SUMMARY OF THE INVENTION

Aspects of the present invention are intended to address the above described need for microresistivity logging tools having improved sensors. In one exemplary embodiment, a microresistivity logging tool includes a sensor having a monopole current injection electrode and first and second potential electrodes. The logging tool is configured for use in nonconductive drilling fluid and may further include a remote return electrode, for example, axially spaced apart from the current injection electrode. A controller is configured to apply a high frequency alternating current between the monopole current injection electrode and a return (e.g., a return electrode) and measure a corresponding potential difference between the first and second electrodes.

Exemplary embodiments of the present invention may advantageously provide several technical advantages. For example, tools in accordance with the present invention make use of a monopole current injection electrode. A monopole current injection electrode produces more evenly distributed current in the formation around the injection electrode than, e.g., a four-terminal tool does. The use of a monopole electrode also enables the potential electrodes to be deployed on the tool body with fewer constraints regarding their location and alignment directions.

Tool embodiments in accordance with the invention may also employ a remote return electrode (e.g., located at a practical electrical infinity with respect to the current injection electrode). The use of a remote return electrode tends to eliminate biases to the potential measurement caused by heterogeneities near the return electrode. The resulting measurement may thus be made sensitive only to the formation volume immediately around the injection electrode.

In one aspect the present invention includes a microresistivity logging tool including a logging tool body. A monopole current injection electrode is configured to inject electrical current into a formation in the vicinity of first and second spaced potential electrodes. A controller is configured to (i) apply an alternating current between the monopole current injection electrode and a return and (ii) measure a corresponding potential difference between the first and second electrodes.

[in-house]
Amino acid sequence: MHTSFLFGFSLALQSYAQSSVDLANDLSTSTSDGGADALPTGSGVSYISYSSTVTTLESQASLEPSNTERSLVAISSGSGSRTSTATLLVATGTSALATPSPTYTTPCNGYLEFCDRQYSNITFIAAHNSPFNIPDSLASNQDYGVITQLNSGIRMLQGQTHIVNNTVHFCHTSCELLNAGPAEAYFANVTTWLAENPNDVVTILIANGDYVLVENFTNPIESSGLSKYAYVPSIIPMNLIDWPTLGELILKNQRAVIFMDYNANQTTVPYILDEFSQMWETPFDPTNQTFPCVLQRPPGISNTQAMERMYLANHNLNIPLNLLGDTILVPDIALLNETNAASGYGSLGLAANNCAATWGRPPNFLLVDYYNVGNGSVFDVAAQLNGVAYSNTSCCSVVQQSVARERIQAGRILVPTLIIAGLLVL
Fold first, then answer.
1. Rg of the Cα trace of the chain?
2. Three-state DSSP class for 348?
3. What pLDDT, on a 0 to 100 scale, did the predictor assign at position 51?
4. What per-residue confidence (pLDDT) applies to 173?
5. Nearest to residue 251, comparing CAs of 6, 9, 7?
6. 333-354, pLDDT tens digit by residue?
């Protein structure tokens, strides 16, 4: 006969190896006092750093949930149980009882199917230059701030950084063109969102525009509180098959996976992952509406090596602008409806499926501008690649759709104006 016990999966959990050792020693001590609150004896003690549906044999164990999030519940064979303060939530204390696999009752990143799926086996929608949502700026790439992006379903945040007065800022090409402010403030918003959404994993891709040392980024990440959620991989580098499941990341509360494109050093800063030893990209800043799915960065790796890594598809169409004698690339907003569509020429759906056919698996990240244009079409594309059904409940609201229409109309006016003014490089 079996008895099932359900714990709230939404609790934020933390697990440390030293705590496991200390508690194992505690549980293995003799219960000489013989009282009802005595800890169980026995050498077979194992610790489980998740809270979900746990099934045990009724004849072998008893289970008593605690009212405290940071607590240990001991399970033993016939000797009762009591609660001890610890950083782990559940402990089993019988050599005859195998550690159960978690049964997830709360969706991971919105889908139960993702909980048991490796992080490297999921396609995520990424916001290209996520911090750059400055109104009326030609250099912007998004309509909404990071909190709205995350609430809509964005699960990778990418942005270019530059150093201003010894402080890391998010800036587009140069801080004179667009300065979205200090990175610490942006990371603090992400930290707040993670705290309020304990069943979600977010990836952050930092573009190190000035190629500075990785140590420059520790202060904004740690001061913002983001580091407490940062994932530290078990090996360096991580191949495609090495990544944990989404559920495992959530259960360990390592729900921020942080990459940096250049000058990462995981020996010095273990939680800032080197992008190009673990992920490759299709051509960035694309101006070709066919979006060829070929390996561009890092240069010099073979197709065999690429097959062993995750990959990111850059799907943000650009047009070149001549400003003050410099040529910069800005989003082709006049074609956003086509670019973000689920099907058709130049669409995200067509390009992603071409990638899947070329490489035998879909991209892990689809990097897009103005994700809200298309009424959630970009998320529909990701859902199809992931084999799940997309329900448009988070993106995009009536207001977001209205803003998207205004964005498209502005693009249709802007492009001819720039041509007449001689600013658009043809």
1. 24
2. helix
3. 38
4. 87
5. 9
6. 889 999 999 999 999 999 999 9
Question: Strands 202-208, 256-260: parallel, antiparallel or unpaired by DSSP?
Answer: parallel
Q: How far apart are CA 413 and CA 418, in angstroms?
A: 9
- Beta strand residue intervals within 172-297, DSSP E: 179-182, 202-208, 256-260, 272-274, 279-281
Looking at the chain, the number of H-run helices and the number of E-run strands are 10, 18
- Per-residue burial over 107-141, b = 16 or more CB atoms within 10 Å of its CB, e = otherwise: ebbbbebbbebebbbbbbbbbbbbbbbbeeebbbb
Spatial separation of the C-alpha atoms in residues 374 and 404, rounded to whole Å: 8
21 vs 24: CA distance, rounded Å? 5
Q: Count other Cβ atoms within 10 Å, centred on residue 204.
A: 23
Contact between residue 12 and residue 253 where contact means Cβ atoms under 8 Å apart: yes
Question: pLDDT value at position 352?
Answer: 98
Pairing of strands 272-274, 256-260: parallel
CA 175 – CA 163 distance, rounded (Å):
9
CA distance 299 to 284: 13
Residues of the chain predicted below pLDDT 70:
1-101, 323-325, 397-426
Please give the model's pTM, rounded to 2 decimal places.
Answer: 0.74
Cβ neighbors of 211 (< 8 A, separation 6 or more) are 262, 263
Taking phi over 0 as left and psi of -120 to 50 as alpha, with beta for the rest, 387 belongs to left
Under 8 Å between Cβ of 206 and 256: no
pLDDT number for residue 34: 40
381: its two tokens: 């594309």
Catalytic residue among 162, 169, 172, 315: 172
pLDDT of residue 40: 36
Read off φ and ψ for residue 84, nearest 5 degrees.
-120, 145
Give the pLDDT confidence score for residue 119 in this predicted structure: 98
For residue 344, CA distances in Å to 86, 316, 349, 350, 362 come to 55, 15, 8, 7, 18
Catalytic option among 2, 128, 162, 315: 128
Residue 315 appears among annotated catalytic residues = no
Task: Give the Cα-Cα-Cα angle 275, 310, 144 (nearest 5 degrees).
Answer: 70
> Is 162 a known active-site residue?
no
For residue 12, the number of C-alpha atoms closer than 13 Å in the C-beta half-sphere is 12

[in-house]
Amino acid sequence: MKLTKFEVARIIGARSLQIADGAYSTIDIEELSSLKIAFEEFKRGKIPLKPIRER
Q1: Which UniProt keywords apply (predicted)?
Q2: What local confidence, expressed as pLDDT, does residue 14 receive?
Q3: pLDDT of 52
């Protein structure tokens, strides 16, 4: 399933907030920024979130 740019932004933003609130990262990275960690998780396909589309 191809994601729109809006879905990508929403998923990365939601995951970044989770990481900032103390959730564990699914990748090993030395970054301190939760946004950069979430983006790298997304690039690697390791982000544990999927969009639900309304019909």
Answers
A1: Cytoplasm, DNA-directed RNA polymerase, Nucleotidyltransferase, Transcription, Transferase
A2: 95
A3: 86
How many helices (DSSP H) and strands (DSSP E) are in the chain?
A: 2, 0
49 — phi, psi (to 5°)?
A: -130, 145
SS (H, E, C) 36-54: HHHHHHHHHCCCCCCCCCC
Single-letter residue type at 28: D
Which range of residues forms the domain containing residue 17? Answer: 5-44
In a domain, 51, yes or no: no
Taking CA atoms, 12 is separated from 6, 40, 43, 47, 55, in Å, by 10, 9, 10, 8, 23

In another aspect, the present invention includes a logging while drilling microresistivity tool. The LWD tool includes a monopole current injection electrode configured to inject electrical current into a formation, a return electrode spaced apart from the current injection electrode and configured to provide a return path for the electrical current injected by the current injection electrode, and first and second spaced potential electrodes. A controller is configured to (i) apply an alternating current between the monopole current injection electrode and the return electrode and (ii) measure a corresponding potential difference between the first and second electrodes.

In still another aspect, the present invention includes a method for making a microresistivity measurement in a nonconductive drilling fluid. The method includes deploying a logging while drilling tool in a subterranean borehole including nonconductive drilling fluid. The tool includes a monopole current injection electrode and first and second spaced potential electrodes deployed on a logging while drilling tool body. The method further includes causing the monopole current injection electrode to inject a high frequency alternating current into the borehole such that the current has a dipole impurity of less than about 5% and causing the first and second spaced potential electrodes to measure a corresponding potential difference.

The foregoing has outlined rather broadly the features and technical advantages of the present invention in order that the detailed description of the invention that follows may be better understood. Additional features and advantages of the invention will be described hereinafter, which form the subject of the claims of the invention. It should be appreciated by those skilled in the art that the conception and the specific embodiment disclosed may be readily utilized as a basis for modifying or designing other structures for carrying out the same purposes of the present invention. It should also be realized by those skilled in the art that such equivalent constructions do not depart from the spirit and scope of the invention as set forth in the appended claims.

BRIEF DESCRIPTION OF THE DRAWINGS

For a more complete understanding of the present invention, and the advantages thereof, reference is now made to the following descriptions taken in conjunction with the accompanying drawings, in which:

FIG. 1 depicts a conventional drilling rig on which exemplary embodiments of the present invention may be utilized.

FIG. 2 depicts one exemplary embodiment of a microresistivity logging tool in accordance with the present invention.